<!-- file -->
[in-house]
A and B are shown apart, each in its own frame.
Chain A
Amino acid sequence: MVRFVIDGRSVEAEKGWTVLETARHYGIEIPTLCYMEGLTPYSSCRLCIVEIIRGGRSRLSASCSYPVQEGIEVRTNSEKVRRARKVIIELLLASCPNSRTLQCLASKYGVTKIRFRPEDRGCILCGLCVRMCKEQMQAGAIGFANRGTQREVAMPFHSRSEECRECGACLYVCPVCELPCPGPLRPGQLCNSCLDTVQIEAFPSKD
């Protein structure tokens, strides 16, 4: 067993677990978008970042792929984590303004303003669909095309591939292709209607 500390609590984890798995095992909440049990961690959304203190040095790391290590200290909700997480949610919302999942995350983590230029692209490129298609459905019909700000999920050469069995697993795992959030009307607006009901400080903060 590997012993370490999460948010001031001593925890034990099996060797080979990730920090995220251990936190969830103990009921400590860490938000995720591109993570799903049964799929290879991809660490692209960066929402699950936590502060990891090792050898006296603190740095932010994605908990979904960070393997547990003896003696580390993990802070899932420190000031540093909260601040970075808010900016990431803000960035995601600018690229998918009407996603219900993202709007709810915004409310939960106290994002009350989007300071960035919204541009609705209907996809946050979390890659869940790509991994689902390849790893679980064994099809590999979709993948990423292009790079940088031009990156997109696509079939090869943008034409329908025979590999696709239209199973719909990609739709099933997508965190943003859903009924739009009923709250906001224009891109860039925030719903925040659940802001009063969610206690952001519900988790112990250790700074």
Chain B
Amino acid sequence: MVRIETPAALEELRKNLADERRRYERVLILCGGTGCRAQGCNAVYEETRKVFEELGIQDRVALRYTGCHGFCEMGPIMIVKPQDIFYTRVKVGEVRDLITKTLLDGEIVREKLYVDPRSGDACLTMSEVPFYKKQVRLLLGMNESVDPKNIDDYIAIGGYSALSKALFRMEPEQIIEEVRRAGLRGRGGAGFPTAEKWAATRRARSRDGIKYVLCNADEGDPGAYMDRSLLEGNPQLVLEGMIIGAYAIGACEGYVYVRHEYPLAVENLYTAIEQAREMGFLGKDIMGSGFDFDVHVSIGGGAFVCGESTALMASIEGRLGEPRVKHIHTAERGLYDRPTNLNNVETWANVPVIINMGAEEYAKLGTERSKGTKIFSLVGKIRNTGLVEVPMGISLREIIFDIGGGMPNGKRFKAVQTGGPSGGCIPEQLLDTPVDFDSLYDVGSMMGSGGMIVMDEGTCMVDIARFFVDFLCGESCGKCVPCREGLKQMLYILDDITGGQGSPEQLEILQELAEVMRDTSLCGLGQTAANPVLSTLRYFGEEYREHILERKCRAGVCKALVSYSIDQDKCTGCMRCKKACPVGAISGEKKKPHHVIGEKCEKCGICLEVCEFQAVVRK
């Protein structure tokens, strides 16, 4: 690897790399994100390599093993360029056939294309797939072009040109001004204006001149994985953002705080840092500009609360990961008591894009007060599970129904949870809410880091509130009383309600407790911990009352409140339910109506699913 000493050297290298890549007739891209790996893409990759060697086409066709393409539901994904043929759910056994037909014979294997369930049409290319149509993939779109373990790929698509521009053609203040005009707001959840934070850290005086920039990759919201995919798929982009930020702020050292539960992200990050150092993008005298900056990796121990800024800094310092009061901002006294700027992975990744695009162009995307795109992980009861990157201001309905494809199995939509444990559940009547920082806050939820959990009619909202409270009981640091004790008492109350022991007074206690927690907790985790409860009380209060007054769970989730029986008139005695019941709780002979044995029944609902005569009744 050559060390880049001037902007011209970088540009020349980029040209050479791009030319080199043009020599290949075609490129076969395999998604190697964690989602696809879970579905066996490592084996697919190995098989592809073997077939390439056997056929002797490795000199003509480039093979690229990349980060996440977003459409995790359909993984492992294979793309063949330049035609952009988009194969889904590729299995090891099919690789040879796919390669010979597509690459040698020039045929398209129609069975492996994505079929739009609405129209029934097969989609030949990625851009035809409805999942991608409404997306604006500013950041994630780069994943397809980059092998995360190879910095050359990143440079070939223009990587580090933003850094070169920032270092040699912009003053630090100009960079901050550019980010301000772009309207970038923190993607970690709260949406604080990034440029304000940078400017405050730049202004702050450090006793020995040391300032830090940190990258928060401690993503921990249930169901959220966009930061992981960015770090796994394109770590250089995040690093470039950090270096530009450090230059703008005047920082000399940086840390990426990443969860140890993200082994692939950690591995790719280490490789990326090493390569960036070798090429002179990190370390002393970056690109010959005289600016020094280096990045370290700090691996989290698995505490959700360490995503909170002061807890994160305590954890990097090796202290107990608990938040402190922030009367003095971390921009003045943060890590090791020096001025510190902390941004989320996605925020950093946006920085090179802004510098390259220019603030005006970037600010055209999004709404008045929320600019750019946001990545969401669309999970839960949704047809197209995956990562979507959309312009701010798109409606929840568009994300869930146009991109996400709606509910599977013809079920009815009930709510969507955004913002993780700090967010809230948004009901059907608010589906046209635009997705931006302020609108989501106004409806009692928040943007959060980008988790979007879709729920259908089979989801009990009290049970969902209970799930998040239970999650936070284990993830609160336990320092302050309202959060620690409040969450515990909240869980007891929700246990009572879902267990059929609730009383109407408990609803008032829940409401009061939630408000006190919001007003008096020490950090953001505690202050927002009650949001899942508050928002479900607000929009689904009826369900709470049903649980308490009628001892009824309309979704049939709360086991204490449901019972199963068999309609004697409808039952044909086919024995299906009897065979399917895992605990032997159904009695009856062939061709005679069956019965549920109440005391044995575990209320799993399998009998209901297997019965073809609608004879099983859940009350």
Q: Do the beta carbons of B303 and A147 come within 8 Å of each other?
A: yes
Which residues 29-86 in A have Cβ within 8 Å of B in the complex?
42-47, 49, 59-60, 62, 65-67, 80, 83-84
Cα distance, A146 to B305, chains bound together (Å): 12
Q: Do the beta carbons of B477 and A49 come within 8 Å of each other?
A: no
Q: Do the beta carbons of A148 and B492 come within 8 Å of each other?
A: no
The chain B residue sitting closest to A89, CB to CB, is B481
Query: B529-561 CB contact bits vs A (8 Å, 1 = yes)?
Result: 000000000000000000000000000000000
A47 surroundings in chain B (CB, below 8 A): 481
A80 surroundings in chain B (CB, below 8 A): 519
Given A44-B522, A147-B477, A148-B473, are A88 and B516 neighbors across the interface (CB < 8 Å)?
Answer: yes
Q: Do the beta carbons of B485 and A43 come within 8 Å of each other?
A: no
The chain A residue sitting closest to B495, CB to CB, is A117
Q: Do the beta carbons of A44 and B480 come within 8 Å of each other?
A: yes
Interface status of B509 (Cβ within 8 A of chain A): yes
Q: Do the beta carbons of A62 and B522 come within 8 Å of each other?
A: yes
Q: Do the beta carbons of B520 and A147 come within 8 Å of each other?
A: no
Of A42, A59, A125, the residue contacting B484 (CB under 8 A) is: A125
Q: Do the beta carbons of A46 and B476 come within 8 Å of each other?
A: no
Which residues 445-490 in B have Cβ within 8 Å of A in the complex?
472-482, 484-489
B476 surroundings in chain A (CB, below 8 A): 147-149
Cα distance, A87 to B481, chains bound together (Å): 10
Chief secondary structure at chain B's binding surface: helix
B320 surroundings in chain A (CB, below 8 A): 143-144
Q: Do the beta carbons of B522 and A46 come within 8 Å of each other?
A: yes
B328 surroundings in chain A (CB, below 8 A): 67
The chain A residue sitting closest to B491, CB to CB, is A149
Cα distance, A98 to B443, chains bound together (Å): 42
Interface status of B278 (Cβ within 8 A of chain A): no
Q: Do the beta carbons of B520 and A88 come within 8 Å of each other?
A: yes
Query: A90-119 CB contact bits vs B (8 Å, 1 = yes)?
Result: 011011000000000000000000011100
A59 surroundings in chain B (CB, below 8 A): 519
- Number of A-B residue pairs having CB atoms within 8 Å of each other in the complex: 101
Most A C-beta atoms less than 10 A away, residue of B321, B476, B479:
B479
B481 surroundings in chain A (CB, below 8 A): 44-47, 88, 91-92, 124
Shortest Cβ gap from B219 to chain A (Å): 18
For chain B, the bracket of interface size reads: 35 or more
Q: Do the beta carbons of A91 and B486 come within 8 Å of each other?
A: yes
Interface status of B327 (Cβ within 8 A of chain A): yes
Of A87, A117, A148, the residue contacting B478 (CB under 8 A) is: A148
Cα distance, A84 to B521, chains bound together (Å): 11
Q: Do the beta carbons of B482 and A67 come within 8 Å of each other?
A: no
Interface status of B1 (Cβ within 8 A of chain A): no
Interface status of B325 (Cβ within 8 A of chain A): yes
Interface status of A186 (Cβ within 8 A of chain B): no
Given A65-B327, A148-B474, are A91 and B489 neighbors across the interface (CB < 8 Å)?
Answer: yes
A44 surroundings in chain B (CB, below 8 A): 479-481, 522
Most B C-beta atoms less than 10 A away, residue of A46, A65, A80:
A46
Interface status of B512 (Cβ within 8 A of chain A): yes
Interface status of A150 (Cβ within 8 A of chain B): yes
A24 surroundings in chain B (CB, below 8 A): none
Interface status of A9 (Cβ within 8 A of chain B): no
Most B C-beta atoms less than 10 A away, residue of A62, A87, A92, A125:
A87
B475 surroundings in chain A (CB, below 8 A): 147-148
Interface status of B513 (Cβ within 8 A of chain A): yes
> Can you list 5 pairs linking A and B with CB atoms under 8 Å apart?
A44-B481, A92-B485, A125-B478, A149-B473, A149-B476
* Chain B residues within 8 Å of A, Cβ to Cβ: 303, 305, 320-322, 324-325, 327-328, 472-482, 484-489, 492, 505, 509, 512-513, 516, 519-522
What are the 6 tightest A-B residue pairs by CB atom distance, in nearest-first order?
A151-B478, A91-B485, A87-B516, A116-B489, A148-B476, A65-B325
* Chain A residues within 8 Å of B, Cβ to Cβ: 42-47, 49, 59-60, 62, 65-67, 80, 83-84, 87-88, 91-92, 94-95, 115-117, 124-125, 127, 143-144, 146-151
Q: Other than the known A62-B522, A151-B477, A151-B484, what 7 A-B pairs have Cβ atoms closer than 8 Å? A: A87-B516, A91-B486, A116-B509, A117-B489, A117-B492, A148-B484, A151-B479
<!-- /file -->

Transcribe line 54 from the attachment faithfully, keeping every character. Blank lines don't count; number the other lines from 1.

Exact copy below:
A59 surroundings in chain B (CB, below 8 A): 519